Some say you can only write a novel if you have a plot outline, characters, conflict and structure to the phases of your story. Others say that all you need is some characters and you can make the rest up.
And in my current story, I’ve found it to be the latter.
‘But how can you write a novel when you have no idea where it’s going?’ I hear myself cry repeatedly as I barrage my document with yet more barely-coherent story blatherings.I have always had some kind of plan to my novels: I planned NaNoWriMo well in advance, I have my main WIP planned out into four main sections, each of which is then broken into The Hero’s Journey (other plotting devices are available!), and I have spent more time than I can fathom working on character motivations, conflict, drives and fears.
Which is why suddenly writing with no more than some characters and a few nicked ideas from my myths and legends books hit me for six. I am enjoying every minute, as detailed in my last blog post about Writing For Fun, but it was a startling surprise.
So how on earth am I writing anything without something resembling a plan? Firstly, I’m sticking to individual scenes. I sit around, listening to my favourite soundtracks, and let the characters wander aimlessly around my head for a while. Then all of a sudden a scene appears in my head. So I dutifully sit down and type this scene out in all it’s hideously flawed glory. Then mid-way through that scene, another has magically appeared in my head.*
It’s liberating to write without any kind of plan. I know that when I sit down, the story could go anywhere at all. I have ideas scribbled in my ideas book but I never write with that notebook open. It’s there as a goldmine if I’m stuck, and nothing more. The important pieces of information, like who has fallen out with who, etc., are already stuck in my head from when I’ve been writing their scenes. And by the time I’ve finished that particular writing session, I’ve got a whole new range of possibilities compared to the ones I’d been exploring in that writing time.
In many ways it’s like writing as a child again, when you’re determined to be the next JK Rowling and thought that Harry Potter just fell on the page and hey presto! Everyone loves your books, you get paid to write more books, with the added benefit of being a multi-millionaire. And when you’re a kid you don’t even know if what you are writing is utter drivel. You’re proud of it because it’s your drivel and you think it’s the best story ever and anyone who doesn’t love it is clearly wrong and has no taste in literature.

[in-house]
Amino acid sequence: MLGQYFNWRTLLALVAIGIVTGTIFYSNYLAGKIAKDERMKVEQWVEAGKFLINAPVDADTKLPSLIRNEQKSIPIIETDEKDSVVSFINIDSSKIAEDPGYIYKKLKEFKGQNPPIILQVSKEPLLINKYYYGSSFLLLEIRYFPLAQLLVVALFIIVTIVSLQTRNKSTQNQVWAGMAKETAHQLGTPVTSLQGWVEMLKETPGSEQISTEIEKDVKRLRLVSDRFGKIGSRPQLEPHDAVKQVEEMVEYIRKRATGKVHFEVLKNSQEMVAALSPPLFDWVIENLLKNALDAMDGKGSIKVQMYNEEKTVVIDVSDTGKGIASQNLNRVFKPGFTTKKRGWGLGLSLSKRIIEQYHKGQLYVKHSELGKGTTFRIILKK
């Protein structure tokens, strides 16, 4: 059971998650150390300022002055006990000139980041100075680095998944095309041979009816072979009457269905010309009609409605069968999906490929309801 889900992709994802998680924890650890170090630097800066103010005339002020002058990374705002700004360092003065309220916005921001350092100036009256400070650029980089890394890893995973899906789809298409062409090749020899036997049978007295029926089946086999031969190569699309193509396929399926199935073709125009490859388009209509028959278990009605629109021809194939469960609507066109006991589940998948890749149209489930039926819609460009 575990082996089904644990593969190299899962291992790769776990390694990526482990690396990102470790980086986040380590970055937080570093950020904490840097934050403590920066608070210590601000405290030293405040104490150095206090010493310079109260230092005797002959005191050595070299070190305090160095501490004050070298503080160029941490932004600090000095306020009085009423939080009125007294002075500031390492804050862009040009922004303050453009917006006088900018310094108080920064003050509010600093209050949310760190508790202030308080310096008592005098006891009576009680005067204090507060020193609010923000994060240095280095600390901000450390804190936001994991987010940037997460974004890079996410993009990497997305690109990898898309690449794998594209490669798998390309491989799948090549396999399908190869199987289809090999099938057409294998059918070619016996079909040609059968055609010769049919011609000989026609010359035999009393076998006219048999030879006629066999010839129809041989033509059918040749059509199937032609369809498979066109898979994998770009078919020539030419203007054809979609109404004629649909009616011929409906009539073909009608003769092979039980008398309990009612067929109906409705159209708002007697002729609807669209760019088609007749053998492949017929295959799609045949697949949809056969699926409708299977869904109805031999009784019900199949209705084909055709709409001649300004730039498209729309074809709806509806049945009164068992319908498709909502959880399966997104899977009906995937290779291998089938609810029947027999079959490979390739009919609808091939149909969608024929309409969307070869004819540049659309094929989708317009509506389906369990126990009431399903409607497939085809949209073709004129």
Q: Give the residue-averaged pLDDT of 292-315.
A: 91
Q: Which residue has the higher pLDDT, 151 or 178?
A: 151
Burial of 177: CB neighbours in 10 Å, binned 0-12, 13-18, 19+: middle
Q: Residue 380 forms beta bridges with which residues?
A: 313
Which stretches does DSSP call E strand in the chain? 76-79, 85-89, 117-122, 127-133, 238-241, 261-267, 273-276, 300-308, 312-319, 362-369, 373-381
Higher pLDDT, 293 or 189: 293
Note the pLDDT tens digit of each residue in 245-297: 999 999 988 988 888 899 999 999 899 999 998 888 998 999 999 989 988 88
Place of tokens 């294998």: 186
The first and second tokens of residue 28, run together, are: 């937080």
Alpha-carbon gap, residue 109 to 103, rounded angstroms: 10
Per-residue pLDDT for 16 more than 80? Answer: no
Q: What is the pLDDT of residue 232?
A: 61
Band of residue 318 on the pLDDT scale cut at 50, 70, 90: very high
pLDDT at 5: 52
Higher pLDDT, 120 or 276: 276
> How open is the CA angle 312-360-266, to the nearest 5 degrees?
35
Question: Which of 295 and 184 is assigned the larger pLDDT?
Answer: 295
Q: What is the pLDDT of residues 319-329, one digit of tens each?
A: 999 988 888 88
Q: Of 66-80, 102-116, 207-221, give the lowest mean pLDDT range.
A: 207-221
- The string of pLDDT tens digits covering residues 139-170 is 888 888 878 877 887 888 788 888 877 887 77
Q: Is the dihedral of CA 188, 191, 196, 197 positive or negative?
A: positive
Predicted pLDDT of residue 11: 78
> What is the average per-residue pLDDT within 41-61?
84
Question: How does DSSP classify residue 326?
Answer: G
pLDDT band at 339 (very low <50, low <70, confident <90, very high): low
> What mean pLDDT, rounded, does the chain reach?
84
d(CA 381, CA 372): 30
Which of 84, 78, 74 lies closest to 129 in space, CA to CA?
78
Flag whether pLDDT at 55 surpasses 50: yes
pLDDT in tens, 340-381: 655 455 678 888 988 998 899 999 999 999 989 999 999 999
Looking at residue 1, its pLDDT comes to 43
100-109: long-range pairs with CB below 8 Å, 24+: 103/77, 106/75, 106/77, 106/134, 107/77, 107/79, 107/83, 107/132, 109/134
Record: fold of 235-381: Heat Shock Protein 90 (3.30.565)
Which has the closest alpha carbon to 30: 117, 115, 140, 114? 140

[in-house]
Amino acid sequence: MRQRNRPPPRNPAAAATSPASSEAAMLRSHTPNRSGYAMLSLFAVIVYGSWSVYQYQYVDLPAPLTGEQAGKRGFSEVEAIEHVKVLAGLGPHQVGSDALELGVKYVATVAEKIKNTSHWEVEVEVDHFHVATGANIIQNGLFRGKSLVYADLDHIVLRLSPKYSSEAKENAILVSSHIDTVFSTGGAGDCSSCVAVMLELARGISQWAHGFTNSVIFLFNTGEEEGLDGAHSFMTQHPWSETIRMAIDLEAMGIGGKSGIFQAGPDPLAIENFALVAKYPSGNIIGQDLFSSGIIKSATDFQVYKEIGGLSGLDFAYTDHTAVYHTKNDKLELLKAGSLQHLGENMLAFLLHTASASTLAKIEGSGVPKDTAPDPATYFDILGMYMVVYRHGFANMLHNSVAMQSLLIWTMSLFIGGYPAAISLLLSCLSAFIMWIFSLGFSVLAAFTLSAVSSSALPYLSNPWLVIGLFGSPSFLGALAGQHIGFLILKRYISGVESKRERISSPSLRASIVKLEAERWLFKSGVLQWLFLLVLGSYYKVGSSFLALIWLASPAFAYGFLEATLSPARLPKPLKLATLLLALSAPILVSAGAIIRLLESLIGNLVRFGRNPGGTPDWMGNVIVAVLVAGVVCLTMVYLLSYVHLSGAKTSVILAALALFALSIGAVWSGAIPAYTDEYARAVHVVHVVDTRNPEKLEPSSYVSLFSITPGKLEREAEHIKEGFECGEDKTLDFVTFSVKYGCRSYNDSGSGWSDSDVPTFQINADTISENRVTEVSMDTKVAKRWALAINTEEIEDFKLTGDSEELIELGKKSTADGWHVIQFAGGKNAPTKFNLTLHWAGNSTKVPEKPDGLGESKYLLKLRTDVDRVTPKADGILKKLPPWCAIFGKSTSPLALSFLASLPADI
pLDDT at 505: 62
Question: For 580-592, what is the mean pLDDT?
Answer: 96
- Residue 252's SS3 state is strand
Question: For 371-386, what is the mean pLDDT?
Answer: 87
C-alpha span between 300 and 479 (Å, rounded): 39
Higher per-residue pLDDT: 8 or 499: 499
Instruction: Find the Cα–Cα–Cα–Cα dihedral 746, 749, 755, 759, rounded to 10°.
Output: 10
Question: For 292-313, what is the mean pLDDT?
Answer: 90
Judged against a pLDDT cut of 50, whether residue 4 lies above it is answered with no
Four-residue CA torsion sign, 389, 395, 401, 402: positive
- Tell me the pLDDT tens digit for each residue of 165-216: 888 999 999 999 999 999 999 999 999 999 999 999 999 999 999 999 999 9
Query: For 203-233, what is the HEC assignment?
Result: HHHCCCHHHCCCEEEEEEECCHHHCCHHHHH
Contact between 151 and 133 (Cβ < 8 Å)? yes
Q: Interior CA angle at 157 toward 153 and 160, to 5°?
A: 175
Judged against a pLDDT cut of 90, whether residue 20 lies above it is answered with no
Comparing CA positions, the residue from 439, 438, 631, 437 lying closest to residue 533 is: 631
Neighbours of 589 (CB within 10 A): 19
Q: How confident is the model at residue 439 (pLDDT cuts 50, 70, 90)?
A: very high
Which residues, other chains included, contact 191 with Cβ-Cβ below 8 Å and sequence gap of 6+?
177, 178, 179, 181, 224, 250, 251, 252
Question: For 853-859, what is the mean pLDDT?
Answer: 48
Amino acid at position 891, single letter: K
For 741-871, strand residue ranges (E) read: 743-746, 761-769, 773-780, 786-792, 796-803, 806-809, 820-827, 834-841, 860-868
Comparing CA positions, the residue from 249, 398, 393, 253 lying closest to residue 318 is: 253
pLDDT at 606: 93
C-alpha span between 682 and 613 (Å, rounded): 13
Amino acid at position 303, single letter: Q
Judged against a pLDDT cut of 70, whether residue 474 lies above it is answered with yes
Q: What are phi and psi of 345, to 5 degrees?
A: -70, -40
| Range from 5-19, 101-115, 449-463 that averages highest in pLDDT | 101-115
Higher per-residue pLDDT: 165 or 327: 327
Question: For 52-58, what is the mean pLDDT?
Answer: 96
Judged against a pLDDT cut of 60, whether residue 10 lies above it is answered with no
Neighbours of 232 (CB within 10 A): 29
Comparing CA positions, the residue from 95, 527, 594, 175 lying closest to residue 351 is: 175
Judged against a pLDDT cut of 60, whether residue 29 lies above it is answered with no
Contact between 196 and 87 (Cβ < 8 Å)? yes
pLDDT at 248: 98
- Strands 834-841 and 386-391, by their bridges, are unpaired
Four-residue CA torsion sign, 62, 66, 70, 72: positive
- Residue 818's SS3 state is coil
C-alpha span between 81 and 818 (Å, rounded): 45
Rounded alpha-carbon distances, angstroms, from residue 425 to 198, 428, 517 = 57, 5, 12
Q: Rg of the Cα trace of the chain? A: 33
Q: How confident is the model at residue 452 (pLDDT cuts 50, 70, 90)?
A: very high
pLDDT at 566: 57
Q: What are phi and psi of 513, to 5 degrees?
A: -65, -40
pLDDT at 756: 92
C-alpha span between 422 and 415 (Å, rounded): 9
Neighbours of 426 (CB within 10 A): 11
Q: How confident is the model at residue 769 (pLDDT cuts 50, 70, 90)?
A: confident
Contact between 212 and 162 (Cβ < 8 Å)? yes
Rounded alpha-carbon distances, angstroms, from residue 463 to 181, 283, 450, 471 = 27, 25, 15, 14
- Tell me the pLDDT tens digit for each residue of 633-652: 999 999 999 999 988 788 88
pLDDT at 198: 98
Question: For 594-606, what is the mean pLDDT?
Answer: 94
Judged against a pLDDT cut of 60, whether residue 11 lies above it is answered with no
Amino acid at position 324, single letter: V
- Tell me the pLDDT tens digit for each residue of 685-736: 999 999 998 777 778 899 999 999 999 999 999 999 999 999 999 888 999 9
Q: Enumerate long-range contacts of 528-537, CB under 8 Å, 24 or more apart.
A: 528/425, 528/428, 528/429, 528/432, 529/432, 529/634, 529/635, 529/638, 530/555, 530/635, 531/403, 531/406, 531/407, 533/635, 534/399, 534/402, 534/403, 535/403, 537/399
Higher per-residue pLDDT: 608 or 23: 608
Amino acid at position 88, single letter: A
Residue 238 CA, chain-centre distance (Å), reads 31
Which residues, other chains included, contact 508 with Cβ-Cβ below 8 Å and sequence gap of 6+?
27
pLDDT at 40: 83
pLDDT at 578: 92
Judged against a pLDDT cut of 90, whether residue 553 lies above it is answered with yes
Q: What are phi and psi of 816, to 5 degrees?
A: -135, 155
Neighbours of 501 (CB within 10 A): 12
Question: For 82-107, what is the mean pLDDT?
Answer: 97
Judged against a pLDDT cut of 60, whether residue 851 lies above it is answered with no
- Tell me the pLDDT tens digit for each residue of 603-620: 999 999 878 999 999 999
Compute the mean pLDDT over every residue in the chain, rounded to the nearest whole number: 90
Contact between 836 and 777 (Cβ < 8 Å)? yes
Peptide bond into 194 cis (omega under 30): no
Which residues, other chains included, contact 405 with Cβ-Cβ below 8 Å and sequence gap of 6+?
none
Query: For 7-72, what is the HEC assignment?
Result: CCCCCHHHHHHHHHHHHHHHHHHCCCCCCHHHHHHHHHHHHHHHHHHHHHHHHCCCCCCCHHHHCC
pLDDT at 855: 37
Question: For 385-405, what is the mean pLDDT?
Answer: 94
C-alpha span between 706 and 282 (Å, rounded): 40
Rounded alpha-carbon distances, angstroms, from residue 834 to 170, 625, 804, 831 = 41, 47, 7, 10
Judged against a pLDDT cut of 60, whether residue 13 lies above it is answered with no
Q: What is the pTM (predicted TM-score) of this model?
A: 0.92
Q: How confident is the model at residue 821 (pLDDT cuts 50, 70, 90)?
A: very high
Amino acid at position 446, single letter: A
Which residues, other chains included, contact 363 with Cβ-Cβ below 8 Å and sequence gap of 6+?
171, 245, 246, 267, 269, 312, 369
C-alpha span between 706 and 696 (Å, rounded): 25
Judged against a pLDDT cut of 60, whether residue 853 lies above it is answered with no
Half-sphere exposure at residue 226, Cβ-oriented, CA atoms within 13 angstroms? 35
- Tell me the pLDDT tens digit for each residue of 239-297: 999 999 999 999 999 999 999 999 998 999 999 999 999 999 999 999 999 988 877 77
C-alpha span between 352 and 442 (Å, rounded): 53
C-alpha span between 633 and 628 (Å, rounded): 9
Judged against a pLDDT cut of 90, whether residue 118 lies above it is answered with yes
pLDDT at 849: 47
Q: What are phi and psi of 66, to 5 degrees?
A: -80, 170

Everything has success criteria these days, and everything can be ‘taught’ – creative writing as much as anything else. There are so many structures that writers can use to plan out their novels that it can almost be assumed as ordinary practice. Getting into the gristly details of character, ensuring that their motivations and drives are foolproof, making sure that your arch-villain has their own perfectly reasoned back-story… The list goes on.
But that list seems to have now become something to do with a story before it even gets written. It’s this kind of over-planning that has choked many a novelist, be it in a rushed preparation for NaNoWriMo or after months of delving into the story’s heart to see what makes it tick. What is wrong with stories being written off the cuff, loosely, without a plan?**
Worst case scenario, you realise you don’t know enough about your story. Then you go and daydream and wander and let your characters run riot inside your brain. They’ll come up with something; they always do. Best case scenario, your characters springboard themselves and drag you along with them wherever they want to go.
And there is so much time to fix glaring plot holes and character failings and inconsistencies, and realising that you didn’t foreshadow that super-important scene or accurately depict someone being clobbered around the head with a wooden sword.
Writing without direction has been fantastically good for my writing over the last few weeks. It’s not necessarily the solution for all writers, but if you’re plunging the fruitless depths of over-planning, step back. Write utter rubbish, write the worst combination of words you have ever put on a page. Because at the end of the day, there is always time to fix it in your second draft.
* I have literally no idea what provokes these ideas and where they come from. The plot bunnies are clearly being kind to me!
** Obviously this is a major problem if you write a page and then realise that’s all you’ve got. A vague idea of your main characters/maybe one significant plot event will likely do.